Vaccination is popularly recommended to build protection from infectious diseases.

Kentucky Gov. Matt Bevin, however, opted for another way to build his children's immunity.

Intentional Exposure To Chickenpox

In a radio interview with Bowling Green talk radio station WKCT on Tuesday, Bevin said he intentionally exposed his nine kids to chickenpox instead of having them vaccinated against the disease.

Chickenpox is caused by the varicella-zoster virus and is characterized by itchy, blister-like rashes in the body.

Bevin said he made sure that one of his kids was exposed to the disease when he learned a neighbor had it.

He also thinks vaccines should not be mandated by the government.

"Why are we forcing kids to get it?" Bevin said. "If you are worried about your child getting chickenpox or whatever else, vaccinate your child. ... And in many instances, those vaccinations make great sense. But for some people, and for some parents, for some reason they choose otherwise."

The U.S. Centers for Disease Control and Prevention advise against exposing children to chickenpox as a way to immunize them. It warned that there is no way to tell in advance how severe a child's symptoms will be.

While most people who contract the disease recover without lasting effects, the disease can cause devastating impacts to certain individuals including those with a weakened immune system. In the worst cases, chickenpox can lead to severe complications and even death. Complications include pneumonia, bacterial infections, and encephalitis.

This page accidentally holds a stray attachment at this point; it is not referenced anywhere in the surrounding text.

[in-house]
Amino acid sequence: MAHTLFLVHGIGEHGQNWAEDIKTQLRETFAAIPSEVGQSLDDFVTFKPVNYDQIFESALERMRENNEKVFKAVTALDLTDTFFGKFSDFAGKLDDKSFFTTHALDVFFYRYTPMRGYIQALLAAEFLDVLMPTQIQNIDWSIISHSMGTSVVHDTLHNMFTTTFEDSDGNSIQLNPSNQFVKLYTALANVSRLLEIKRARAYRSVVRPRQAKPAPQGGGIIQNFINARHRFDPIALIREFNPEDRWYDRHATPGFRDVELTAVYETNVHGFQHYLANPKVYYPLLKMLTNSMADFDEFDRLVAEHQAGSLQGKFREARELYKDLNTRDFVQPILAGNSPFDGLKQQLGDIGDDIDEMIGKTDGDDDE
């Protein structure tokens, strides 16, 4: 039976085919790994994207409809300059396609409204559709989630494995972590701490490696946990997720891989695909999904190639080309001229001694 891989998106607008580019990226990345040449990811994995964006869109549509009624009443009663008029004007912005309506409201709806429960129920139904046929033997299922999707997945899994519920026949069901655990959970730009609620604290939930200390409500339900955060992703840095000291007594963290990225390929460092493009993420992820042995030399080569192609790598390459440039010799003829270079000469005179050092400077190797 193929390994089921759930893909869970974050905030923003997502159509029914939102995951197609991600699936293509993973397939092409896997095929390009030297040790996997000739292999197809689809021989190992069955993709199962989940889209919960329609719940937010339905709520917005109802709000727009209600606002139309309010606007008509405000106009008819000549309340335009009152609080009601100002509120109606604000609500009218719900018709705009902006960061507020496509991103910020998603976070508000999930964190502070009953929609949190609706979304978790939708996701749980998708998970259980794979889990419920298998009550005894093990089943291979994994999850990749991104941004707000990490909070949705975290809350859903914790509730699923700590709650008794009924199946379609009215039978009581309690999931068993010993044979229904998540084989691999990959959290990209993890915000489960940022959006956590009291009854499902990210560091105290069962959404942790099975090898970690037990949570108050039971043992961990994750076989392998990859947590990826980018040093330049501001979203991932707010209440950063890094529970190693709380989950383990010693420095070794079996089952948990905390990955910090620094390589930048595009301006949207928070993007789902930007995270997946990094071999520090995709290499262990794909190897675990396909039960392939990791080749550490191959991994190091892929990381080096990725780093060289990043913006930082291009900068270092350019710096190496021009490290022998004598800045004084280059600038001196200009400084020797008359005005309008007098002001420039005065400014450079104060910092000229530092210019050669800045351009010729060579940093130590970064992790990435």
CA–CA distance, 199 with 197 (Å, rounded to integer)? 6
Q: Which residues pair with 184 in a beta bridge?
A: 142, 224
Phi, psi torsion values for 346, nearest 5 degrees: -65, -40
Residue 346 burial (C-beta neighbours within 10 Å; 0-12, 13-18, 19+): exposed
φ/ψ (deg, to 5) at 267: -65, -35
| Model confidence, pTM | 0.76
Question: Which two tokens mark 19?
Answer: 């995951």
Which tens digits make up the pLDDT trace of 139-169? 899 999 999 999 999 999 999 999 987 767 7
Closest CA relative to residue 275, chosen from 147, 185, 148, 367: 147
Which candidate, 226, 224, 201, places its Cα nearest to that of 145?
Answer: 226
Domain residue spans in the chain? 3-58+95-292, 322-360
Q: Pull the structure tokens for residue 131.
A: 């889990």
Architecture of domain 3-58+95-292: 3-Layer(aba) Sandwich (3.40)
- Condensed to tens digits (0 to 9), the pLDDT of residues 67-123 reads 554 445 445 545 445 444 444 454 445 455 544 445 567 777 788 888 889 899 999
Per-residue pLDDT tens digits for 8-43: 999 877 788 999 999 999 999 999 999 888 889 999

Herd Immunity

The CDC recommends protecting infants and children by getting them vaccinated. The agency also said that vaccination helps protect the community, including people who cannot get vaccinated.

Herd immunity arises when a high percentage of the population is protected against bacteria or virus through vaccination. The disease is not easily spread because of a few susceptible people to infect.

"When you get vaccinated, you protect yourself and others in your family and community. This protection is especially important for people who cannot get vaccinated, such as those with weakened immune systems, or pregnant women," the CDC said.

In Kentucky, children are required to be vaccinated for chickenpox before they enter kindergarten but parents can seek religious exemptions, or provide proof their child already had the disease.

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